I’ve been playing around a bit with Azure AD. I wanted to able to add a user to Azure AD via a Logic App. I logged in to the Azure Portal with my MSDN account. In the top right corner you can see which directory you’re connected to, which in my case was phvbaars.onmicrosoft.com.
I created a logic app, added a request and then the Azure AD connector. I had to pick an action, so I chose Create User. Next I was asked to sign in. I tried to sign in with my MSDN account firstname.lastname@example.org, but then I received an error stating that I didn’t have the right permissions.
Looking at my Azure Active Directory tenant, I saw the MSDN account was Global Administrator, but this security role was grayed out:
Next I decided to create a new user email@example.com and also made this user Global Administrator. This time I could add the Azure AD connector and sign in with account arjan. The only thing you have to do next is fill out the input parameters of the Azure AD Connector. The only parameter that has to be unique is User Principle Name or UPN. UPN’s have a fixed format. It’s basically like an email address with the tenant, i.e. firstname.lastname@example.org.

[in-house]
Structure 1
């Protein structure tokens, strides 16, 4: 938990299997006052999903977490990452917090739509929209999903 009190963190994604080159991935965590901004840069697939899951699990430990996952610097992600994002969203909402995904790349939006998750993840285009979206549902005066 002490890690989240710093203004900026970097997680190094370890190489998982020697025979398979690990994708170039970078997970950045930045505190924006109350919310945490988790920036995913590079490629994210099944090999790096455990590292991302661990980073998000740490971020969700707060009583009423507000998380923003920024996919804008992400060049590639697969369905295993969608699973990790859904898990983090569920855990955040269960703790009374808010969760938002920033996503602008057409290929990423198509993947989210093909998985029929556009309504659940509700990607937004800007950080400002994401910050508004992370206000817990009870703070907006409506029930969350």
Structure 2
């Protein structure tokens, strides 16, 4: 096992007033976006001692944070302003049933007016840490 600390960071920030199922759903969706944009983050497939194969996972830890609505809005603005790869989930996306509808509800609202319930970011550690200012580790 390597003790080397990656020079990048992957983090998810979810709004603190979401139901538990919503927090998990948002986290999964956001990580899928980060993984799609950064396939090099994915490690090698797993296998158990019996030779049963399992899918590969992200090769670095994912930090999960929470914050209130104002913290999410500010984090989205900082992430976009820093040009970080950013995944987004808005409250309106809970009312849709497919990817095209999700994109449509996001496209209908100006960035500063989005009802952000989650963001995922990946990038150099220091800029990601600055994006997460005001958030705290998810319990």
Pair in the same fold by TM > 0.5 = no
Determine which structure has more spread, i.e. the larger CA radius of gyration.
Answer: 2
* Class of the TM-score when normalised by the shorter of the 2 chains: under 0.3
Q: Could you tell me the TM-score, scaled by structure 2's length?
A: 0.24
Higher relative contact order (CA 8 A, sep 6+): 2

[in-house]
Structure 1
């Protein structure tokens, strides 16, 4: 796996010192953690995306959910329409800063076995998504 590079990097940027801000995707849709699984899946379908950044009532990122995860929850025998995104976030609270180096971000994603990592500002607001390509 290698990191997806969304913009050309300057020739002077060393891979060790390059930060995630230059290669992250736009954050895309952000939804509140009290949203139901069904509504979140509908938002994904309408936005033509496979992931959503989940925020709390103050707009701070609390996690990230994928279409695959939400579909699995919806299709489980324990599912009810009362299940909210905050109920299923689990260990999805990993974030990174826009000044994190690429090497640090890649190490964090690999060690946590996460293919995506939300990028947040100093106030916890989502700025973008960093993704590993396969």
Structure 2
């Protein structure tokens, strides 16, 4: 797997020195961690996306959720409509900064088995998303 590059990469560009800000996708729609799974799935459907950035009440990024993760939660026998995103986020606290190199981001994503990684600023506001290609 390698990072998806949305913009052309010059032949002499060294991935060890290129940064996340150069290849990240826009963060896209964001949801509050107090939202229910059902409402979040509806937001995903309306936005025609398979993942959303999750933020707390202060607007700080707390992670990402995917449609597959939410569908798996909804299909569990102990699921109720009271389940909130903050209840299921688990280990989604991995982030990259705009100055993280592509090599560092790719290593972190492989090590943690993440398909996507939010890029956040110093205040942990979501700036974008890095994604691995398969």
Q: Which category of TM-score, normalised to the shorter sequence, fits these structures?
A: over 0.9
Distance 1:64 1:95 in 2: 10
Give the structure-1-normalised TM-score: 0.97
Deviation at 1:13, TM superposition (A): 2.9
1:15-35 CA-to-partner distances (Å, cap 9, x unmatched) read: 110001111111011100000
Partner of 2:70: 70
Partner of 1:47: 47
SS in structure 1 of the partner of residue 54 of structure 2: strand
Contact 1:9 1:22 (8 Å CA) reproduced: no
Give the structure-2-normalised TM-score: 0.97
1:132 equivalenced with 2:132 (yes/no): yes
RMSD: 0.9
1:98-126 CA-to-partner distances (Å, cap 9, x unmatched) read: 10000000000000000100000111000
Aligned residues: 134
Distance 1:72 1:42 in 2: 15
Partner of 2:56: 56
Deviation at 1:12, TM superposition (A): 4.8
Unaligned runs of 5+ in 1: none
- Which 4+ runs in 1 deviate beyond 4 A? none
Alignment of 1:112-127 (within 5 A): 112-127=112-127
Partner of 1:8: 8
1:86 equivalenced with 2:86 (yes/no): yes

Another interesting piece of technology is Microsoft Graph. With Microsoft Graph you can for instance access a user’s calendar (with the right permissions) and other Office365 applications. But you can also access Azure Active Directory. Microsoft Graph replaces Azure Active Directory Graph. For more information: Microsoft Graph. The official definition: Microsoft Graph is search-based technology underlying Office 365 applications, with an API that developers can tap.
A very interesting feature of Graph is the Graph Explorer, which can be accessed at Graph Explorer. First I had to sign in with account email@example.com. Then you can perform all kinds of queries, for example:
You can also create a user via Graph. Note that you need the right permissions to do so:
Below is the default user that gets created:
POST https://graph.microsoft.com/v1.0/users (CreateUser)
“country”: “United States”,
“department”: “Sales & Marketing”,
“displayName”: “Melissa Darrow”,
“jobTitle”: “Marketing Director”,
“streetAddress”: “9256 Towne Center Dr., Suite 400”,
“mobilePhone”: “+1 206 555 0110”,
A last alternative to access Azure Active Directory via Logic Apps, is to use managed identities. When accessing the managed identity menu option within logic apps and adding a new managed identity, a new application with client_id and client_secret will be created. The application will be created in the same tenant as where your logic app resides. This will be your Azure AD tenant (not your Azure AD B2C tenant for instance). Next you can add a Http action to your logic app to access Azure AD over Graph. Open the advanced options of the Http action to enter the credentials from the app registration.